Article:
Taking life in self-defence .

         The defendant complains of this portion of the charge of the Court: " If you find from the proofs, and not from the assertions of counsel, that the accused was so controlled by fear of suffering great bodily injury at the hands of deceased at the time of the killing, so much so as to preclude the idea that he was actuated by malice, or had premeditation in the killing, and you further find that the killing was not in necessary self-defence, then it is not legally in your power to find the accused guilty of murder in the first or murder in the second degree; but it will be your duty to find him guilty of manslaughter." The Attorney-General upholds the portion of the charge cited, on the grounds: First--That it was not intended so much as a definition of manslaughter, as a warning against finding the defendant guilty of murder in the first or second degree, unless the facts warranted it. But, if while giving such warning, the law applicable to manslaughter was incorrectly stated, the error was as prejudicial to the defendant as if the primary object of the instruction was to charge the jury in respect to manslaughter; Second--That if the killing was not murder in the first or second degree, and was not done in self-defence, it could be no less than manslaughter.

         The proposition contained in the second ground generally stated is true, but it is not necessary, under the statutory rules found in sections thirty and thirty-one, that the jury shall find that the killing was absolutely necessary beyond the possibility of a doubt, for that could be made to appear only upon the infliction of the injury by the assailant, which the person assailed is permitted to protect himself against by killing the assailant. According to section thirty-one, it must appear that the killing was absolutely necessary--that is, it must so appear to the assailed--and this is guarded by section thirty, by which it is required that the circumstances--the appearances--on which he acts must be such as are sufficient to excite the fears of a reasonable man, and not the mere apprehension, the bare fear of such injury.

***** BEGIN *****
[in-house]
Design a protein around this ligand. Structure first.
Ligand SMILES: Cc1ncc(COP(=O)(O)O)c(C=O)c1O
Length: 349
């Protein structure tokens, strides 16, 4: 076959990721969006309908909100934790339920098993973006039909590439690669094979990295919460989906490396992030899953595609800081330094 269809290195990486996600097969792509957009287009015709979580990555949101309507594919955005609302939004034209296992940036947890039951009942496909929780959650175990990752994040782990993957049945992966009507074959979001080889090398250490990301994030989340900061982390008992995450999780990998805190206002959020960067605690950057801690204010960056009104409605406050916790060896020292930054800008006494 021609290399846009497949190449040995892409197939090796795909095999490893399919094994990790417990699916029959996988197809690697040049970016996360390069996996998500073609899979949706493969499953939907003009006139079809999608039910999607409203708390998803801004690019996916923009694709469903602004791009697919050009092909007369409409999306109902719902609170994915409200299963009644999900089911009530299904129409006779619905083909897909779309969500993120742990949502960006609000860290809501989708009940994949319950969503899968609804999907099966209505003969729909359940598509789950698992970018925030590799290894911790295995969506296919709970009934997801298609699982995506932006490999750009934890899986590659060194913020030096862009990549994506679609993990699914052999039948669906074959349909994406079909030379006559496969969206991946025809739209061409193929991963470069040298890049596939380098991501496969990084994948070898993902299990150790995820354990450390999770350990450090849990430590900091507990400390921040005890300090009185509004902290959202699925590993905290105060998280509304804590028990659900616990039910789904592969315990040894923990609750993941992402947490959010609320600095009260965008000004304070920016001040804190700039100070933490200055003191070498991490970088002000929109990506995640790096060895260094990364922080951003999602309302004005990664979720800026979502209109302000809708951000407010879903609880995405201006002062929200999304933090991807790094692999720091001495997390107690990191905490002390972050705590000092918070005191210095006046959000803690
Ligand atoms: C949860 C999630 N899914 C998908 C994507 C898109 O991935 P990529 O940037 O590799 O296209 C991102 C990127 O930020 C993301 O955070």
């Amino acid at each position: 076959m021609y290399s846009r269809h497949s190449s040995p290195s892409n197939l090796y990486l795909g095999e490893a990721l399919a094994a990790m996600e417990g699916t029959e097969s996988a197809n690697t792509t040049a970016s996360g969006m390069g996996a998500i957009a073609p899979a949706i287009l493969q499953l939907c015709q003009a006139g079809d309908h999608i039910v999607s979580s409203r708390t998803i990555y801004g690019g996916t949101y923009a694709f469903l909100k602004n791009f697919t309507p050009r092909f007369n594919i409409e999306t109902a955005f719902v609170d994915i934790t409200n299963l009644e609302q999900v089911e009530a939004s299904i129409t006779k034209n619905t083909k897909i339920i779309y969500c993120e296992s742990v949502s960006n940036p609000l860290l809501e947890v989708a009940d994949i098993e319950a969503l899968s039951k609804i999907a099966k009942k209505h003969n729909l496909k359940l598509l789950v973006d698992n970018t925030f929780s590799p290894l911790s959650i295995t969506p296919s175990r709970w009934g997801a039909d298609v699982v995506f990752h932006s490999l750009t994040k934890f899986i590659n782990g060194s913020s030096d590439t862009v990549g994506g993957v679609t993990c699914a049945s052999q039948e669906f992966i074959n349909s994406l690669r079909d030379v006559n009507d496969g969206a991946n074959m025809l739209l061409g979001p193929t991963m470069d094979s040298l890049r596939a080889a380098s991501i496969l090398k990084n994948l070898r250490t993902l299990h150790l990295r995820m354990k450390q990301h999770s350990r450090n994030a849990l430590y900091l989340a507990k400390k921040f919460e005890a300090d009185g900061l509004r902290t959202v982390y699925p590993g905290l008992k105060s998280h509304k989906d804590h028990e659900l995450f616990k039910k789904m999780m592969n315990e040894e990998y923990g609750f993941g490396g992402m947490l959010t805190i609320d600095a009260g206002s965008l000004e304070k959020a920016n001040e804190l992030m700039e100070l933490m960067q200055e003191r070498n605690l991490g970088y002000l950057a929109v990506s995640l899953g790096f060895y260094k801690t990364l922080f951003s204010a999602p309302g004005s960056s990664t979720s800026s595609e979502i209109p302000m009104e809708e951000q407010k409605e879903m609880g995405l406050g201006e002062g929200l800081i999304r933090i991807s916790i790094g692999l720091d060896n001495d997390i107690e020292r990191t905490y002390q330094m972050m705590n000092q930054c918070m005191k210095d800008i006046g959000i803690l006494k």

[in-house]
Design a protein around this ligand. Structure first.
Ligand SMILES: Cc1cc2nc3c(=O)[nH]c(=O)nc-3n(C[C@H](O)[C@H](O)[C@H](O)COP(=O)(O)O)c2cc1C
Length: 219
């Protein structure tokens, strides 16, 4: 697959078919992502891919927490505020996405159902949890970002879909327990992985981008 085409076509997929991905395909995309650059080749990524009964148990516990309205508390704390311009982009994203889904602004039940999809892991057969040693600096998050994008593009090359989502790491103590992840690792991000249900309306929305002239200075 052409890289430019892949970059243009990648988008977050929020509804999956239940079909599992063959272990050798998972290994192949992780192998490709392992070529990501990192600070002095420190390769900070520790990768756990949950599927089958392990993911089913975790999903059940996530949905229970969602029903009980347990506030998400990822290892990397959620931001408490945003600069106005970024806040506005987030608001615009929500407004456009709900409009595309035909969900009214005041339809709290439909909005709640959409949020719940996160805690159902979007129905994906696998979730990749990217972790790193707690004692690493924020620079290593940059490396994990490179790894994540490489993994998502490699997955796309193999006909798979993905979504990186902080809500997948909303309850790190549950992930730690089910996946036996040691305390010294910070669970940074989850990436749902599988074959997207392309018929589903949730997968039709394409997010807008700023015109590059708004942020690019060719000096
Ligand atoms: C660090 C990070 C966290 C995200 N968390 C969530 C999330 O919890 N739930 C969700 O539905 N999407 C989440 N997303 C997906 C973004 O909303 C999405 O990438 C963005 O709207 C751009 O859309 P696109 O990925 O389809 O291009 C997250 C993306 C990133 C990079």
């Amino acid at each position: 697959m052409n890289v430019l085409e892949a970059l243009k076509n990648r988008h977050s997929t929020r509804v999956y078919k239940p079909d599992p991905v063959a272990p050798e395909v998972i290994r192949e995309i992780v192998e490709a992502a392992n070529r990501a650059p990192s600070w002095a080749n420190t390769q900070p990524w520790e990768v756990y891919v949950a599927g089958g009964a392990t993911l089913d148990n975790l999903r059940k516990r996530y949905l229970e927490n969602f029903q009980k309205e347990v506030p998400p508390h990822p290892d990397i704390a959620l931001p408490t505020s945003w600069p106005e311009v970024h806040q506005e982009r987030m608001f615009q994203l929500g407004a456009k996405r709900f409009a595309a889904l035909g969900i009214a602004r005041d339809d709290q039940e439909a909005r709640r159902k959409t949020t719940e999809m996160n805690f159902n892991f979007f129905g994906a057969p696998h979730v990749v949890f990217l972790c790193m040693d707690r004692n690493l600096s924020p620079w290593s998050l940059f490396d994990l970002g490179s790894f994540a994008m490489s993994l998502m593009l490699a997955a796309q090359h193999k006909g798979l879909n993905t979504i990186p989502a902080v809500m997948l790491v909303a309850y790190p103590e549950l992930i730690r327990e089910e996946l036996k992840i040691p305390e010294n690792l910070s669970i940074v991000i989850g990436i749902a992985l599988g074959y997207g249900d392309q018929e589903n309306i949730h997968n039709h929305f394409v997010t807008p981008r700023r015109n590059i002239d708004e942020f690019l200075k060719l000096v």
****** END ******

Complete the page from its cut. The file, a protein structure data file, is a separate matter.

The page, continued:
The portion of the charge under consideration took away from the defendant all justification for the killing which the law accords to him, in case the jury should find that he was acting under the influence of fear of suffering great bodily harm at the hands of the deceased.

         The Court had given an instruction, at the request of the defendant, embodying the provisions of sections thirty and thirty-one, so far as applicable to the case; but it was to some extent nullified by that portion of the charge last mentioned.

         Judgment reversed, and cause remanded for a new trial.



         Sawyer, J., dissenting:

         I think the charge was strictly correct, but have not time now to give my reasons. I must, therefore, dissent.

Summaries of

People v. Campbell

Supreme Court of California
Jul 1, 1866
30 Cal. 312 (Cal. 1866)
Case details for

People v. Campbell

Case Details


Court:Supreme Court of California

Date published: Jul 1, 1866


30 Cal. 312 (Cal. 1866)